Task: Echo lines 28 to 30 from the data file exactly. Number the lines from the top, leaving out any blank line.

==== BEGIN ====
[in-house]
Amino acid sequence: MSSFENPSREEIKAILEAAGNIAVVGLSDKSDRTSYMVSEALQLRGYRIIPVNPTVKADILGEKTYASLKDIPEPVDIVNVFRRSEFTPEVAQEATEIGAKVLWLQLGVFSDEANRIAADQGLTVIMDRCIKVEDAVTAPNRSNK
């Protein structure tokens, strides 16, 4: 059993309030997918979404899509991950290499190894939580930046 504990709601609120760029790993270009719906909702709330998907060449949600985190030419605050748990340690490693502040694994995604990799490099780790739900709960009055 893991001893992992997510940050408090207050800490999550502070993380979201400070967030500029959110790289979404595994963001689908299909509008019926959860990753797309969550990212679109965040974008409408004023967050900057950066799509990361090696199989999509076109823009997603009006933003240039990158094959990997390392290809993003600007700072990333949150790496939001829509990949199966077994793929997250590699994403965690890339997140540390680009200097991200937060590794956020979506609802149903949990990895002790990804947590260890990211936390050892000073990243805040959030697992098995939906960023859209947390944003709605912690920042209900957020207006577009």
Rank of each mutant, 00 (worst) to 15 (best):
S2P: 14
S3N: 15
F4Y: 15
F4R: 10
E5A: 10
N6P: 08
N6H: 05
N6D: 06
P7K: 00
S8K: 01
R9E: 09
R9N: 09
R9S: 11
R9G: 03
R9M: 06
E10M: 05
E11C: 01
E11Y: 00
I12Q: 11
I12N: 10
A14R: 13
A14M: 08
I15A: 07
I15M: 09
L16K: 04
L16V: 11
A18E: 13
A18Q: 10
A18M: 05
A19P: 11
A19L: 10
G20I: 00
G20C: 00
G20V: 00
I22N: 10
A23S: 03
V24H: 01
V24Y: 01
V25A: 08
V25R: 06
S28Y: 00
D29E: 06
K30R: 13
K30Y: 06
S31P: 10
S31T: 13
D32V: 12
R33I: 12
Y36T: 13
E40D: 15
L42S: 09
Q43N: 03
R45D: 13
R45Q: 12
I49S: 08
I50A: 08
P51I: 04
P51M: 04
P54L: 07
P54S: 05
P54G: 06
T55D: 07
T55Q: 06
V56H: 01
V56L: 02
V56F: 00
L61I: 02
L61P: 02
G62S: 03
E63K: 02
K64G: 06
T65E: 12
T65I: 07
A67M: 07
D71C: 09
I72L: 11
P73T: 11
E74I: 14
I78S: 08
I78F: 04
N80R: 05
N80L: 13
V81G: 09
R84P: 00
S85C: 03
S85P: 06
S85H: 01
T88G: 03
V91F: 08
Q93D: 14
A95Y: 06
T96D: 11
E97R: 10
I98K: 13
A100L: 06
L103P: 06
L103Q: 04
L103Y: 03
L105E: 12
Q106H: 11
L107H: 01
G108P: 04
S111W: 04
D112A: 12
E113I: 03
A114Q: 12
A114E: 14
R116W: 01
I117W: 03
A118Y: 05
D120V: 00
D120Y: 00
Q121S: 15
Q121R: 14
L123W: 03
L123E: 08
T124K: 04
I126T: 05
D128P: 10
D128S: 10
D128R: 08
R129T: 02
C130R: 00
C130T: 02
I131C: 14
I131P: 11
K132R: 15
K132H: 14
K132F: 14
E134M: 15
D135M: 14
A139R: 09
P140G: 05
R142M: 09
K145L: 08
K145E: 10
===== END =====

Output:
I15M: 09
L16K: 04
L16V: 11